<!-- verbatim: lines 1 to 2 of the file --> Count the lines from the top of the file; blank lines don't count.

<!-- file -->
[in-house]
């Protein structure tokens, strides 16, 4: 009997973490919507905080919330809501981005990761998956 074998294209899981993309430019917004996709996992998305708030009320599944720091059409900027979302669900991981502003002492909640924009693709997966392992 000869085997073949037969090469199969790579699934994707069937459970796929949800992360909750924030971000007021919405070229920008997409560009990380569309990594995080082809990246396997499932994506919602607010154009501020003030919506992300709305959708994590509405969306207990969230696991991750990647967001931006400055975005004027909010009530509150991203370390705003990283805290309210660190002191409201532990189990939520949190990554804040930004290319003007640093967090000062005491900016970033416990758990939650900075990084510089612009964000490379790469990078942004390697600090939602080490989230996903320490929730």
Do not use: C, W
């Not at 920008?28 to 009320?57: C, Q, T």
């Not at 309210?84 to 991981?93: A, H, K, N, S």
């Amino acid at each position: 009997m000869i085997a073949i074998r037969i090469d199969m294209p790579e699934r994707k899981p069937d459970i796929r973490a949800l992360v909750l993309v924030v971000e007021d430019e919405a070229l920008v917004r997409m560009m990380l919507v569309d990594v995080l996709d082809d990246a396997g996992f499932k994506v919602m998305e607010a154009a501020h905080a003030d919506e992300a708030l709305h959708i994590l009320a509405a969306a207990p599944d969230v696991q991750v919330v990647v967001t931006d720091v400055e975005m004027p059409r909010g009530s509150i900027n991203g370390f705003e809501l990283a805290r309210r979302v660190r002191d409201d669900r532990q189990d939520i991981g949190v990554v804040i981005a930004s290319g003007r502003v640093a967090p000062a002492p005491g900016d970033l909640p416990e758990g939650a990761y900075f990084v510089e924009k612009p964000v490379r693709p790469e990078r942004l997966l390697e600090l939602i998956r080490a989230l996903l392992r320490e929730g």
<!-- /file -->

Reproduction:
[in-house]
């Protein structure tokens, strides 16, 4: 009997973490919507905080919330809501981005990761998956 074998294209899981993309430019917004996709996992998305708030009320599944720091059409900027979302669900991981502003002492909640924009693709997966392992 000869085997073949037969090469199969790579699934994707069937459970796929949800992360909750924030971000007021919405070229920008997409560009990380569309990594995080082809990246396997499932994506919602607010154009501020003030919506992300709305959708994590509405969306207990969230696991991750990647967001931006400055975005004027909010009530509150991203370390705003990283805290309210660190002191409201532990189990939520949190990554804040930004290319003007640093967090000062005491900016970033416990758990939650900075990084510089612009964000490379790469990078942004390697600090939602080490989230996903320490929730």